The Eagle Building, former home of the Fraternal Order of Eagles and more recently The Bay dance club, is the new home of Salt Lake City’s Caffe Molise and its affiliated BTG Wine Bar.

The Italian restaurant and bar officially moved into the historic spot at 404 S. West Temple in mid-September, after spending 25 years near the Salt Palace Convention Center.

The move was necessary to make way for a possible development.

But it required months of renovations, which focused on updating the building’s plumbing, heating and air conditioning systems and filling in its pool, while maintaining its Neo-Renaissance style, said chef Fred Moesinger, who co-owns the business with his wife, Aimee Sterling. “It was important for us to keep it true to the historic nature of the building.”

The grand staircase and arched windows remain, but the owners have added a new kitchen and two elevators (one of which is on street level on West Temple) to make it accessible and comply with the federal Americans with Disabilities Act. The elevator’s housing is made of reclaimed bricks.

(Francisco Kjolseth | The Salt Lake Tribune) Caffe Molise chef and owner Fred Moesinger takes a ride in the elevator of the new location inside the old (but completely updated) Eagle Building on the southwest corner of 400 South and West Temple.

The new location includes a patio, something that was a favorite among patrons at the old location at 55 W. 100 South. It will be open on the few sunny days left before the weather turns too cool, Moesinger said. In the spring, retractable awnings will be added, allowing for even more evenings outdoors.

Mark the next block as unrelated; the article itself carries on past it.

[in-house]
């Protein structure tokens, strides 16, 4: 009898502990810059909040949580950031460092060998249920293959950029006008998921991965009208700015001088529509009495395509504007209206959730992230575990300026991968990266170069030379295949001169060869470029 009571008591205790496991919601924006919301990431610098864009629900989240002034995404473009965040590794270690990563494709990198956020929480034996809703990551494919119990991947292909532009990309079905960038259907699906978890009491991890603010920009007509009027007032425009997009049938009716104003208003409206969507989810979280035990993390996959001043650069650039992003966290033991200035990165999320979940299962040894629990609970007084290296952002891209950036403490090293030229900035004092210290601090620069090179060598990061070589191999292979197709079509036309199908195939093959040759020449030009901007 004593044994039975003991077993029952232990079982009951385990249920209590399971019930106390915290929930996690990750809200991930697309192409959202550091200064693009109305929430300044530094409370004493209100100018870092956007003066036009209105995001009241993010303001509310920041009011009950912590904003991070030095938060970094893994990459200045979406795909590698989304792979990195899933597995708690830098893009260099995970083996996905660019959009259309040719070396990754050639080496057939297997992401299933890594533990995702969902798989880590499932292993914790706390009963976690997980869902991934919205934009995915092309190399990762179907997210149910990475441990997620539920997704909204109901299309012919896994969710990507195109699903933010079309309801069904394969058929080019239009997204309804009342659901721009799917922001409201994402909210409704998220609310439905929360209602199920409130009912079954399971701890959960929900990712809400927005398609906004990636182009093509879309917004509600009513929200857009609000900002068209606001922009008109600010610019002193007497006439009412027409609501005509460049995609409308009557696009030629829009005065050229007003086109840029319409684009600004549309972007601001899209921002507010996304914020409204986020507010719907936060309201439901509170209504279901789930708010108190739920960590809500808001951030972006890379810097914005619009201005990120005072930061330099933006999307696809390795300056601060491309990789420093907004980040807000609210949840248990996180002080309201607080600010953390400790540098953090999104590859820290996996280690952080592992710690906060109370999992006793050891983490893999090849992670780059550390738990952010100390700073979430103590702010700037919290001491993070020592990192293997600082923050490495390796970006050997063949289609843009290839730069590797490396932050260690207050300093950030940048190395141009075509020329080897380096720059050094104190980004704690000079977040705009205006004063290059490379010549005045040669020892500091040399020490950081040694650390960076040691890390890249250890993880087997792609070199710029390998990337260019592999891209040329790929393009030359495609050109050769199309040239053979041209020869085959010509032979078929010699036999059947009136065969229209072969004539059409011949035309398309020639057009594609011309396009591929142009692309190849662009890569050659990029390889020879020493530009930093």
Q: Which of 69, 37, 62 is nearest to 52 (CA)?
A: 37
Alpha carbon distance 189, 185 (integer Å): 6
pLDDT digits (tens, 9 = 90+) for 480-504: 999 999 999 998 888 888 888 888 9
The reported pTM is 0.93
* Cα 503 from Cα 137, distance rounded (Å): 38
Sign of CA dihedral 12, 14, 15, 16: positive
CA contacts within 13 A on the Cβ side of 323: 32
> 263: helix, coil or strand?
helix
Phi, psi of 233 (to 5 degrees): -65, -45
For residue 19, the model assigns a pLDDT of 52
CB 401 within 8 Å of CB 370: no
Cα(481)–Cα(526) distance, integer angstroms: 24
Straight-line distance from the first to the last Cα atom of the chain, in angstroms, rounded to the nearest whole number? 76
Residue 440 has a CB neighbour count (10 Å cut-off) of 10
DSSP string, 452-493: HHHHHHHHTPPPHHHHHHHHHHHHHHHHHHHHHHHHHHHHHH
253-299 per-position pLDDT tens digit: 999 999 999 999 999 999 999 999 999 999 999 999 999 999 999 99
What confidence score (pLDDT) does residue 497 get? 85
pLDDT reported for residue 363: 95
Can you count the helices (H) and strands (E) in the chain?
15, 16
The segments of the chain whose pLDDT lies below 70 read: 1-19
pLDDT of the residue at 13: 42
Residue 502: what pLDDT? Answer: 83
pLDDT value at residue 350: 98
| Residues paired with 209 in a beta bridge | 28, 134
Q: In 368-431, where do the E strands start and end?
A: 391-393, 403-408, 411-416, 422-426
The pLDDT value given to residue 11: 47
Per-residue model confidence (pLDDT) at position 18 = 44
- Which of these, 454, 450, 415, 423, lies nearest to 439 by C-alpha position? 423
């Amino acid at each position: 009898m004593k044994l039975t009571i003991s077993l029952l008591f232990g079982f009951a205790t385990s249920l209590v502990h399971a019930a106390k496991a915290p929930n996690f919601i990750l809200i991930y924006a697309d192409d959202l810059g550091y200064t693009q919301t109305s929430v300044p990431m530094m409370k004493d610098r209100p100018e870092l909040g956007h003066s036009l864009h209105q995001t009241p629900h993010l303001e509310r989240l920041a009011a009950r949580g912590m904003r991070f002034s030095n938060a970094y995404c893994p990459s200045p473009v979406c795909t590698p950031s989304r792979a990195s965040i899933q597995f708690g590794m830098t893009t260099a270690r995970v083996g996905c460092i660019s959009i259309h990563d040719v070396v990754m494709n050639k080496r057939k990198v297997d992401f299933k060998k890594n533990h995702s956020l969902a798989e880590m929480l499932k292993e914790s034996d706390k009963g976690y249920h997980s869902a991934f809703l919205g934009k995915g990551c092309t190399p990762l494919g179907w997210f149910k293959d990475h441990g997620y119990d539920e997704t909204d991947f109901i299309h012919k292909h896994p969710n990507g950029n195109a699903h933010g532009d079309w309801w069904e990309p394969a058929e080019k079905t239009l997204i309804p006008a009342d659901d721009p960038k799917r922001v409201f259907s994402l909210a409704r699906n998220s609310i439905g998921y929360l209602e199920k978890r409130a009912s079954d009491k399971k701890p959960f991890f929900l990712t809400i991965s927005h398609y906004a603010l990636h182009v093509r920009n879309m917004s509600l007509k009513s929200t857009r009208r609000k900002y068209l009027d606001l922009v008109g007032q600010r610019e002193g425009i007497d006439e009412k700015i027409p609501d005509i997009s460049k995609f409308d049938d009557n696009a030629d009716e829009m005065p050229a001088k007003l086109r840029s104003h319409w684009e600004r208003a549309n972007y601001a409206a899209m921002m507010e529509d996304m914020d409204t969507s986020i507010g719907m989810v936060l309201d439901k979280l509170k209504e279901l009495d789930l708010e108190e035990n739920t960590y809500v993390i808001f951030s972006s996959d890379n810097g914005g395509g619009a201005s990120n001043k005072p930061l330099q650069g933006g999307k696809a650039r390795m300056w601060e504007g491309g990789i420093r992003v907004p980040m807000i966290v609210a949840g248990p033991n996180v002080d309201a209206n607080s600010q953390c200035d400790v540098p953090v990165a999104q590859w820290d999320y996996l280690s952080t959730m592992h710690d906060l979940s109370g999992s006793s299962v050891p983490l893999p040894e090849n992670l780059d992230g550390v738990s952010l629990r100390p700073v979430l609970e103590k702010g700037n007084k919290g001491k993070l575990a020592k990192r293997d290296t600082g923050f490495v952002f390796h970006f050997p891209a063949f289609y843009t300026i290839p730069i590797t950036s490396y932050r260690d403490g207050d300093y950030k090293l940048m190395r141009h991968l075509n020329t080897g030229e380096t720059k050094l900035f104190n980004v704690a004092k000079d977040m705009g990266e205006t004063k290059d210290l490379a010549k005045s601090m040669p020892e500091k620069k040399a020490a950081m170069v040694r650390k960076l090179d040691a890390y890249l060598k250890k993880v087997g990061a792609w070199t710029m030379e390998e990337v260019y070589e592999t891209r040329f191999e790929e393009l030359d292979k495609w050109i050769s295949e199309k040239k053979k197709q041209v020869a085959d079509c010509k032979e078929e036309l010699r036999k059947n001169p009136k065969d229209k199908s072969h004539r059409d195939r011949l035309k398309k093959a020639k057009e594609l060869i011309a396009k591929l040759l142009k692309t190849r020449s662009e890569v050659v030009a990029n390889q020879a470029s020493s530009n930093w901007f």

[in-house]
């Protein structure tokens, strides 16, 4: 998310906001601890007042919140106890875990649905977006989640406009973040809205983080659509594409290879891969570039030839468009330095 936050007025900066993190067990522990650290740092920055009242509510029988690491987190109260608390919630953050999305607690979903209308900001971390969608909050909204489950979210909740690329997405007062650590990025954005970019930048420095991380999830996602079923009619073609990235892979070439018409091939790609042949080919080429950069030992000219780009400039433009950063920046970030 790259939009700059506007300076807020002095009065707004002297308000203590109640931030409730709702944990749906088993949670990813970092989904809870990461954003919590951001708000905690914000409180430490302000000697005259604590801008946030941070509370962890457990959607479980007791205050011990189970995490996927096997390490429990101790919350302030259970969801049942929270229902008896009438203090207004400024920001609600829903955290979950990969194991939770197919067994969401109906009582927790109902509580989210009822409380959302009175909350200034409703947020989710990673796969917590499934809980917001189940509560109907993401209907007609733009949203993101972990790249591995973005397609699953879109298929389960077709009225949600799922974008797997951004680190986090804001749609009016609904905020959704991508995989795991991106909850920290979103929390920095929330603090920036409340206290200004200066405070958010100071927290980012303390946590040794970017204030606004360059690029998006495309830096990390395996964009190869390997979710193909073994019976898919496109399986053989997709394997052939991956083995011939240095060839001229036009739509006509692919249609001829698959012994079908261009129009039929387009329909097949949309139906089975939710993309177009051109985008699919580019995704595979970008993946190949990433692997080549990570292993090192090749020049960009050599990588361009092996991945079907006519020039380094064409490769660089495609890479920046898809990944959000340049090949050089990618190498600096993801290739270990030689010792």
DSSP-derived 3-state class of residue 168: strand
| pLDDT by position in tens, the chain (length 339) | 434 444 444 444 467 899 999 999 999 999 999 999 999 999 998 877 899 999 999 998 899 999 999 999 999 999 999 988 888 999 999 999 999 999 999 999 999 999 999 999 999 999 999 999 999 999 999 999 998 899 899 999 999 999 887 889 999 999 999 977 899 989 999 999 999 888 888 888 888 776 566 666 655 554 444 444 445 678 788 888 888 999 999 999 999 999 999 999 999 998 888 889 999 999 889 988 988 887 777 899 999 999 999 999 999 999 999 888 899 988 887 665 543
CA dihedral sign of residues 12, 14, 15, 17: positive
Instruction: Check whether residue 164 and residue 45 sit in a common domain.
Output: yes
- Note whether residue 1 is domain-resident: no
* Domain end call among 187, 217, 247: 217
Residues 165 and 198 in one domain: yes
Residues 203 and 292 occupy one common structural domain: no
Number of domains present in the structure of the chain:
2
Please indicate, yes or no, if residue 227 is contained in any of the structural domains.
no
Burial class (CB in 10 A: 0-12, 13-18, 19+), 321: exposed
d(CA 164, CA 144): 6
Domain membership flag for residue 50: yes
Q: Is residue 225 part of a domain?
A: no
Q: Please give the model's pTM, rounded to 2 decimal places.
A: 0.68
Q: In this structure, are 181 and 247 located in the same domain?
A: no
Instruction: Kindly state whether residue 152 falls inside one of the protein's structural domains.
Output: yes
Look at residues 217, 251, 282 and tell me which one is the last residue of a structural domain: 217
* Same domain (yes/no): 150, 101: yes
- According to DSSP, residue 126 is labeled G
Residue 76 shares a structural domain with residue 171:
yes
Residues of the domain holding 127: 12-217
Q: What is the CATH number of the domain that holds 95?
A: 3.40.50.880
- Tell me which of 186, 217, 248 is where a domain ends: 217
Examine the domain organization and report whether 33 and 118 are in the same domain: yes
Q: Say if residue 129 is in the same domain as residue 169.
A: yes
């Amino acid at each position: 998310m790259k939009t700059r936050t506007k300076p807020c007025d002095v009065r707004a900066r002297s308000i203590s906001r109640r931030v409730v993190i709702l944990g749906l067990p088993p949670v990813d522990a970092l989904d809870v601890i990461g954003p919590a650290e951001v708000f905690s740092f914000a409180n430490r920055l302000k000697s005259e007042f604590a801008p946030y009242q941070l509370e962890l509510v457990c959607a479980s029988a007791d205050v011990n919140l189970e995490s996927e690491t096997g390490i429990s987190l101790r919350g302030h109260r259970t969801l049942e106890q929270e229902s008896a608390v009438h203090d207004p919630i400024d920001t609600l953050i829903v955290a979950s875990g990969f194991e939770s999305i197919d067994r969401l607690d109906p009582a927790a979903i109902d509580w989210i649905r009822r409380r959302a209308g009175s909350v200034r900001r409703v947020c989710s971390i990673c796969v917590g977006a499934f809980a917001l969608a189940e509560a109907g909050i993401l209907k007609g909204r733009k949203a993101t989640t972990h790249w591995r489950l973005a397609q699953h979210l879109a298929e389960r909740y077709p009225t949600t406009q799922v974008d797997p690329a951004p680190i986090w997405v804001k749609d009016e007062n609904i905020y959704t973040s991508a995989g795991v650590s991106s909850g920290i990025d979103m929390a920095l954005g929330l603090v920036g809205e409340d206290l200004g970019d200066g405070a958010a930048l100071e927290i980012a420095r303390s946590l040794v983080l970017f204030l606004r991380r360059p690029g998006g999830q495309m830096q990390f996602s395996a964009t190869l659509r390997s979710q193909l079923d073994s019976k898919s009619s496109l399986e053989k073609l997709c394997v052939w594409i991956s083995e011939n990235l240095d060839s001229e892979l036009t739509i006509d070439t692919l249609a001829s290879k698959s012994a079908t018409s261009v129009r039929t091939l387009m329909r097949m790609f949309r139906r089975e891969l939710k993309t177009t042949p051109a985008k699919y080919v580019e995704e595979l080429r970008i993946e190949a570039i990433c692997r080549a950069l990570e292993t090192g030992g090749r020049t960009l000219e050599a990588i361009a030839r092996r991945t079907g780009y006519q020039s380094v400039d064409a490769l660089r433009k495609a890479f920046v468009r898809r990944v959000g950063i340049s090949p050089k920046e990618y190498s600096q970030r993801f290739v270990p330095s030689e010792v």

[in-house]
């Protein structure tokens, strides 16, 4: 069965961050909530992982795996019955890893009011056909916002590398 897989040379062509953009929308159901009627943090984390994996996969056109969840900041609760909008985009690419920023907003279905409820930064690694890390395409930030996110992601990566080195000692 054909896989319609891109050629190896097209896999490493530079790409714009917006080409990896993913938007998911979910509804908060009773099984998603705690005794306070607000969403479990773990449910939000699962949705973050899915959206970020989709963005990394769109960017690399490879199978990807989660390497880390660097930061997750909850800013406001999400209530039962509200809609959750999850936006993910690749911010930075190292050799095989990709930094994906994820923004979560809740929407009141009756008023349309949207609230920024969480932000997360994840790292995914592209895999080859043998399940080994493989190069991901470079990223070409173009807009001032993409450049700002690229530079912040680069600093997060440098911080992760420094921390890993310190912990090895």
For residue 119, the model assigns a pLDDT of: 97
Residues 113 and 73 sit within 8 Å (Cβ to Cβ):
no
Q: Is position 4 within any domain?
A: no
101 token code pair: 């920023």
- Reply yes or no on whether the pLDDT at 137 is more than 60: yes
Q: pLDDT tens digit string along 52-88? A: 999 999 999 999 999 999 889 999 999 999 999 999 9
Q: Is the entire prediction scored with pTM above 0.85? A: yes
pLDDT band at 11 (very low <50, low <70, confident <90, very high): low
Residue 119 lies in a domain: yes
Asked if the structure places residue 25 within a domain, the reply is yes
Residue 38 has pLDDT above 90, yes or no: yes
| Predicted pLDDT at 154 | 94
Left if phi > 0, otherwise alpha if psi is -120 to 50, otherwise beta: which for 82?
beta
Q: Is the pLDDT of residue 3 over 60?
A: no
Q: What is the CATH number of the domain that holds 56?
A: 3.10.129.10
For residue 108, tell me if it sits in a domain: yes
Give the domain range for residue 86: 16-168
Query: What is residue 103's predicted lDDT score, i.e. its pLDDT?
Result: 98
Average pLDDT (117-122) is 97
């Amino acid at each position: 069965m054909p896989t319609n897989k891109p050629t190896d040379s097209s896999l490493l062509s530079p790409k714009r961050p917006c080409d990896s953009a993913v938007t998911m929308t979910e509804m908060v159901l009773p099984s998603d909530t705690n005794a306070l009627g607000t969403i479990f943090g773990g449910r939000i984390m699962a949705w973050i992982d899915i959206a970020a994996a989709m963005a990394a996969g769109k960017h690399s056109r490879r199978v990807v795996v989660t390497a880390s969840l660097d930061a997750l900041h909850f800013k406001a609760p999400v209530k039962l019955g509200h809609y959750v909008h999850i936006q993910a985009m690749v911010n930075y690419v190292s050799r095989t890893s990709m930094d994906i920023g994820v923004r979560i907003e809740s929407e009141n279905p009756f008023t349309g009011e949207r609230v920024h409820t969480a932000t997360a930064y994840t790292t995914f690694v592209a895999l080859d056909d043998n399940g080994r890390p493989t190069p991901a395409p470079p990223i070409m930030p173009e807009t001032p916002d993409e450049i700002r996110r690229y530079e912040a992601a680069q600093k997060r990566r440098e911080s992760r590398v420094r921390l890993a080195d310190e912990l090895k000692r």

Caffe Molise’s new home offers more square footage. The upstairs banquet room can handle parties from 10 to 200 people. Despite being farther away from the Salt Palace, the new location is closer to many hotels.

(Francisco Kjolseth | The Salt Lake Tribune) Caffe Molise recently opened in its new location inside the old (but completely updated) Eagle Building on the southwest corner of 400 South and West Temple. The wood frame and mirror in the bar were salvaged from the old Dead Goat Saloon, where owners Aimee Sterling and Fred Moesinger met.

The menu hasn’t changed, but Moesinger anticipates a few updates while maintaining the core favorites.

Those who remember Salt Lake City’s Dead Goat Saloon should stop into BTG on the lower floor. The wood frame and mirror behind the bar were salvaged from the popular saloon where Moesinger and Sterling met.

Caffe Molise • 404 S. West Temple, Salt Lake City; 801-364-8883 or http://www.caffemolise.com/ Open Monday-Thursday, 11:30 a.m. to 9 p.m., and Friday and Saturday until 10 p.m. BTG is open daily from 5 p.m. until midnight.